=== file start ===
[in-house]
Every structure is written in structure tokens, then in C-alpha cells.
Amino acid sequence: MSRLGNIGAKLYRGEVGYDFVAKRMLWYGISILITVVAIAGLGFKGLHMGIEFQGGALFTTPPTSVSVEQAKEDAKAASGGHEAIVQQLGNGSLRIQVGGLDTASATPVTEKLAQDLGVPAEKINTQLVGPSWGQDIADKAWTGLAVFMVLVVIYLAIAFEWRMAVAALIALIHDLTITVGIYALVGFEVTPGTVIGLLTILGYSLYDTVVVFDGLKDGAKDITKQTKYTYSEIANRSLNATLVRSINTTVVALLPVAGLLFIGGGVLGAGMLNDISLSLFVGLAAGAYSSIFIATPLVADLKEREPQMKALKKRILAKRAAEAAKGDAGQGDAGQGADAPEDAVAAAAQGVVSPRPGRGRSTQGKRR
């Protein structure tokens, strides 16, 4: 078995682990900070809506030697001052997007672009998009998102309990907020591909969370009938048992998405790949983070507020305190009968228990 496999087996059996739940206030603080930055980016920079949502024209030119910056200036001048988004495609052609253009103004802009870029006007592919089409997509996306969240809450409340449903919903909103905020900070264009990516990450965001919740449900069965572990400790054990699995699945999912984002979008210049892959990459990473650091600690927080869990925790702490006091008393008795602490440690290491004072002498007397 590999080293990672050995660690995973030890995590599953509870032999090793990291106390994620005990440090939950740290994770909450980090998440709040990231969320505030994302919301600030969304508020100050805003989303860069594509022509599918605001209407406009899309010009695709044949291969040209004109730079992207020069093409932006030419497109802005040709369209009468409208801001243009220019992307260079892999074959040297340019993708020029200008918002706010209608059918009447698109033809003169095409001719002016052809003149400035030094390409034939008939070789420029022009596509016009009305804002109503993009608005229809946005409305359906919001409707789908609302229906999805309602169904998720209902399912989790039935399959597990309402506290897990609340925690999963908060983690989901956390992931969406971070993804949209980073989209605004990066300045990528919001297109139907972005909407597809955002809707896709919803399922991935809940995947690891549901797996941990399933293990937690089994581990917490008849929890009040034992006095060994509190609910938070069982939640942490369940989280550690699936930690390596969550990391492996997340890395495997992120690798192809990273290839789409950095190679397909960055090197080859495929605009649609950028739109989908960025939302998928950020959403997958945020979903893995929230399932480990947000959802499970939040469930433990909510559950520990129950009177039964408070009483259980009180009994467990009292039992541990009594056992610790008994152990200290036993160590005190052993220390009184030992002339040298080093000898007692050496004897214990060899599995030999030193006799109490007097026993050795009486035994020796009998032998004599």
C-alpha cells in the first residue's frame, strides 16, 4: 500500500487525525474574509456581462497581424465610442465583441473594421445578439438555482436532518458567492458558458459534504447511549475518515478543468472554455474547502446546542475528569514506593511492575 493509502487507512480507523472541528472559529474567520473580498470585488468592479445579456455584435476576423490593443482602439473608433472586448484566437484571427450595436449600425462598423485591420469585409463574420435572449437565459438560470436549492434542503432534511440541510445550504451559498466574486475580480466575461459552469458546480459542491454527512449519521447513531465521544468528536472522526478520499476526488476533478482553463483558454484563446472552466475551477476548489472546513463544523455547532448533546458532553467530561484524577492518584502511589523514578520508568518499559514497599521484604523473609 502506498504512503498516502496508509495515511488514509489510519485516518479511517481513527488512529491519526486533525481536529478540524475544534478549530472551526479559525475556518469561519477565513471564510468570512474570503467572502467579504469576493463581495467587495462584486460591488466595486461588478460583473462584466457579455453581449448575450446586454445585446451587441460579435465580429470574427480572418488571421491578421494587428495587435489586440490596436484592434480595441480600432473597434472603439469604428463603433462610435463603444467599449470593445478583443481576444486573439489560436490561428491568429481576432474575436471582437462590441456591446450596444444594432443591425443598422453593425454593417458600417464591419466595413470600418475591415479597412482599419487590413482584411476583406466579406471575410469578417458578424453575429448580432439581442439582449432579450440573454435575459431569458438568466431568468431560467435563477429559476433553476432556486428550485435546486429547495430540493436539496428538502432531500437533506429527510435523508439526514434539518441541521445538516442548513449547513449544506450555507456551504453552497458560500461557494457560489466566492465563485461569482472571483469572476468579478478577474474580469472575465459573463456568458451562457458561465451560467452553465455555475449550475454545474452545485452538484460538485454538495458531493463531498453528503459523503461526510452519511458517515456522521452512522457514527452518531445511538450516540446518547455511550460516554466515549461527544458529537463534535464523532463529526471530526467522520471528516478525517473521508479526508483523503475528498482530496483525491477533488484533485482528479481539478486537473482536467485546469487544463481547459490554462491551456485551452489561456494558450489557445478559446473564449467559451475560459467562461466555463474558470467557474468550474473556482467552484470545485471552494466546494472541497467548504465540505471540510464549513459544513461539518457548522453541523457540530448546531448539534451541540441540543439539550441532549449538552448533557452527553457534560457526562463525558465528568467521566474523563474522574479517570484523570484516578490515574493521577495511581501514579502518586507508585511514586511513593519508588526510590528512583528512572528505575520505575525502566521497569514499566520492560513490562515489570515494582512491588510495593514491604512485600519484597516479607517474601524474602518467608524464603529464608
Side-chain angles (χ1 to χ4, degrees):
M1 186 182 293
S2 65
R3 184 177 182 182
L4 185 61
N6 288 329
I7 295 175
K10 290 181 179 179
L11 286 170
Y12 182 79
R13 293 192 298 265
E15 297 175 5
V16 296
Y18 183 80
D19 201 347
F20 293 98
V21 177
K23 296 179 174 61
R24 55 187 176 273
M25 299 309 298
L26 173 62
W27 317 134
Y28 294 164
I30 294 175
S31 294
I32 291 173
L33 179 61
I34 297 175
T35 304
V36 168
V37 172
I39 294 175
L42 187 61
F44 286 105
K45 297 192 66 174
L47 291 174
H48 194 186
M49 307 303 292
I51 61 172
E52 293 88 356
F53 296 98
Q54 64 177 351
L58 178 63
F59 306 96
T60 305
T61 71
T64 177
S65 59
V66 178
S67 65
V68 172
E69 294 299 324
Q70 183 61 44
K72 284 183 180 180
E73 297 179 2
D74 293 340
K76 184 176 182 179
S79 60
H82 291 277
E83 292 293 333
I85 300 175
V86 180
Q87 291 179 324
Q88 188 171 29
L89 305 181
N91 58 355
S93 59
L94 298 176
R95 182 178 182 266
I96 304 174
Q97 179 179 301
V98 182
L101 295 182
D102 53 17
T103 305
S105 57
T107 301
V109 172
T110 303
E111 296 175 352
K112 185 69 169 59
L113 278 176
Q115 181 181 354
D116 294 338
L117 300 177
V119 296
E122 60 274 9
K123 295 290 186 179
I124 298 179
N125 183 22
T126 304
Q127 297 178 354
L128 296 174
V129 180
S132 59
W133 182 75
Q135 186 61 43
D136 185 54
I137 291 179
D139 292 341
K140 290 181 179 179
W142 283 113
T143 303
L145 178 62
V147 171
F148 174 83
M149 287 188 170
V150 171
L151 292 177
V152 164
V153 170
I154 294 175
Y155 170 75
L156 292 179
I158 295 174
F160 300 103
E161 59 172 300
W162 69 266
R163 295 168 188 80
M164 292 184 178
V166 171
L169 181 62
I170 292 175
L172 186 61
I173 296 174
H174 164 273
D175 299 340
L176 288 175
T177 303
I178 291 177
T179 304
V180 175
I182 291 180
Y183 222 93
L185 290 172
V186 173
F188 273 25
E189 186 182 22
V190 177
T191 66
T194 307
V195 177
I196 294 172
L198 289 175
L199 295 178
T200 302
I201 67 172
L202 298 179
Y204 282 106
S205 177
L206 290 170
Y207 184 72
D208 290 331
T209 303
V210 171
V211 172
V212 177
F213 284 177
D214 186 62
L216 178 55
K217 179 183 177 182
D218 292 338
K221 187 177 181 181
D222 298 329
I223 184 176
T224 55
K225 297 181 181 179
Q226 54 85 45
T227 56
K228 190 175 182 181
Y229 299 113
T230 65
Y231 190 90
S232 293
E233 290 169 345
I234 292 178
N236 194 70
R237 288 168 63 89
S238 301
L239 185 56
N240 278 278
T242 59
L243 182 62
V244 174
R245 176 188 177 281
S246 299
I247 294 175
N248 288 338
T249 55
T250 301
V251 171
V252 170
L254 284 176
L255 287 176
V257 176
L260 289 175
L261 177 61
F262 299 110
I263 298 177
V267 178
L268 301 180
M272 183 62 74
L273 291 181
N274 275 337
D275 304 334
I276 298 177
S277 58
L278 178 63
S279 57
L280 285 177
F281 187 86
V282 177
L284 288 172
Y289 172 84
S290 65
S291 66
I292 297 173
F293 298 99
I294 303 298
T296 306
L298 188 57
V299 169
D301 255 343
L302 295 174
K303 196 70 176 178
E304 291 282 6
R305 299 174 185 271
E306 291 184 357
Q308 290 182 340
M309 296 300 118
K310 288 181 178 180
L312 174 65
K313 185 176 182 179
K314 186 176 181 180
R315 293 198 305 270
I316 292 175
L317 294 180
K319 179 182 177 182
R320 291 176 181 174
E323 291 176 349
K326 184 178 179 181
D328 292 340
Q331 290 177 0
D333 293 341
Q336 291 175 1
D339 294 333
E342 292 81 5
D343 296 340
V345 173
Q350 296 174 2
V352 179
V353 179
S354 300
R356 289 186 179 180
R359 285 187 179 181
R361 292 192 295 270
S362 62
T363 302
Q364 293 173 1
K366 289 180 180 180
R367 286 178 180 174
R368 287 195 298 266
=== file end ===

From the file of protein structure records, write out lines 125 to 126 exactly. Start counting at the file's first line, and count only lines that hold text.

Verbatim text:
M164 292 184 178
V166 171